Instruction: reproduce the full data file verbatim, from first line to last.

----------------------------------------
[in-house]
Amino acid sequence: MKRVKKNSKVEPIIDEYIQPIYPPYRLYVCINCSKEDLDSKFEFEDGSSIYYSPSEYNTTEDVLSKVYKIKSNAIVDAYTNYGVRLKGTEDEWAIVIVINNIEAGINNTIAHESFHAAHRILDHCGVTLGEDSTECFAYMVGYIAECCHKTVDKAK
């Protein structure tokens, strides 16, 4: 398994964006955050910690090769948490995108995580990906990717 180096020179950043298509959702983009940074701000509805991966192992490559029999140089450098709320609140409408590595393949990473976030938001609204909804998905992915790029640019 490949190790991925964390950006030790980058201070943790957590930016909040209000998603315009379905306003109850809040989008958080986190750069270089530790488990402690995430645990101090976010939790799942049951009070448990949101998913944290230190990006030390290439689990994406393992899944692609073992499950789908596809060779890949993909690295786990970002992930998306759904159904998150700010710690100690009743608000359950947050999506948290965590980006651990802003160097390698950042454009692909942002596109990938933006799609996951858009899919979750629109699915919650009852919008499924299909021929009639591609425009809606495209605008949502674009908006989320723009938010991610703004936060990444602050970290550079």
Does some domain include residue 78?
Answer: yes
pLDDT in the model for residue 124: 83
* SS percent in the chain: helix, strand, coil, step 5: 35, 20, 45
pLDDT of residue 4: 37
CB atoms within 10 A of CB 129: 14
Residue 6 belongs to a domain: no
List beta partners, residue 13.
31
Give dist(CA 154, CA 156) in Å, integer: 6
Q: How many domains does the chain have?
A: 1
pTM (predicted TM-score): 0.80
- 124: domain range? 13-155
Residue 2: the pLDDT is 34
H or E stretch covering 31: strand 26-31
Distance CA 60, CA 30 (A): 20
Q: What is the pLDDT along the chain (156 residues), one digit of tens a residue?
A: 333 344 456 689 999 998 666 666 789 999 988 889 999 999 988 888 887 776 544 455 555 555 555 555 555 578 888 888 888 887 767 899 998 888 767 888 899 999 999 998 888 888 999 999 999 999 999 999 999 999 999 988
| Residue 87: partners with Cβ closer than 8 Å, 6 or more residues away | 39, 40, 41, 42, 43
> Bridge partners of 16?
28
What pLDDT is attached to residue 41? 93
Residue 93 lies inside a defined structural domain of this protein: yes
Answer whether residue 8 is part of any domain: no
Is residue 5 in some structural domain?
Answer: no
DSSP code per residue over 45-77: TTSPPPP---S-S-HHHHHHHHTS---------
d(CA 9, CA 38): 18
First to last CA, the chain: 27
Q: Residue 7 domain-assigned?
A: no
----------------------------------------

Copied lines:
[in-house]
Amino acid sequence: MKRVKKNSKVEPIIDEYIQPIYPPYRLYVCINCSKEDLDSKFEFEDGSSIYYSPSEYNTTEDVLSKVYKIKSNAIVDAYTNYGVRLKGTEDEWAIVIVINNIEAGINNTIAHESFHAAHRILDHCGVTLGEDSTECFAYMVGYIAECCHKTVDKAK
């Protein structure tokens, strides 16, 4: 398994964006955050910690090769948490995108995580990906990717 180096020179950043298509959702983009940074701000509805991966192992490559029999140089450098709320609140409408590595393949990473976030938001609204909804998905992915790029640019 490949190790991925964390950006030790980058201070943790957590930016909040209000998603315009379905306003109850809040989008958080986190750069270089530790488990402690995430645990101090976010939790799942049951009070448990949101998913944290230190990006030390290439689990994406393992899944692609073992499950789908596809060779890949993909690295786990970002992930998306759904159904998150700010710690100690009743608000359950947050999506948290965590980006651990802003160097390698950042454009692909942002596109990938933006799609996951858009899919979750629109699915919650009852919008499924299909021929009639591609425009809606495209605008949502674009908006989320723009938010991610703004936060990444602050970290550079």
Does some domain include residue 78?
Answer: yes
pLDDT in the model for residue 124: 83
* SS percent in the chain: helix, strand, coil, step 5: 35, 20, 45
pLDDT of residue 4: 37
CB atoms within 10 A of CB 129: 14
Residue 6 belongs to a domain: no
List beta partners, residue 13.
31
Give dist(CA 154, CA 156) in Å, integer: 6
Q: How many domains does the chain have?
A: 1
pTM (predicted TM-score): 0.80
- 124: domain range? 13-155
Residue 2: the pLDDT is 34
H or E stretch covering 31: strand 26-31
Distance CA 60, CA 30 (A): 20
Q: What is the pLDDT along the chain (156 residues), one digit of tens a residue?
A: 333 344 456 689 999 998 666 666 789 999 988 889 999 999 988 888 887 776 544 455 555 555 555 555 555 578 888 888 888 887 767 899 998 888 767 888 899 999 999 998 888 888 999 999 999 999 999 999 999 999 999 988
| Residue 87: partners with Cβ closer than 8 Å, 6 or more residues away | 39, 40, 41, 42, 43
> Bridge partners of 16?
28
What pLDDT is attached to residue 41? 93
Residue 93 lies inside a defined structural domain of this protein: yes
Answer whether residue 8 is part of any domain: no
Is residue 5 in some structural domain?
Answer: no
DSSP code per residue over 45-77: TTSPPPP---S-S-HHHHHHHHTS---------
d(CA 9, CA 38): 18
First to last CA, the chain: 27
Q: Residue 7 domain-assigned?
A: no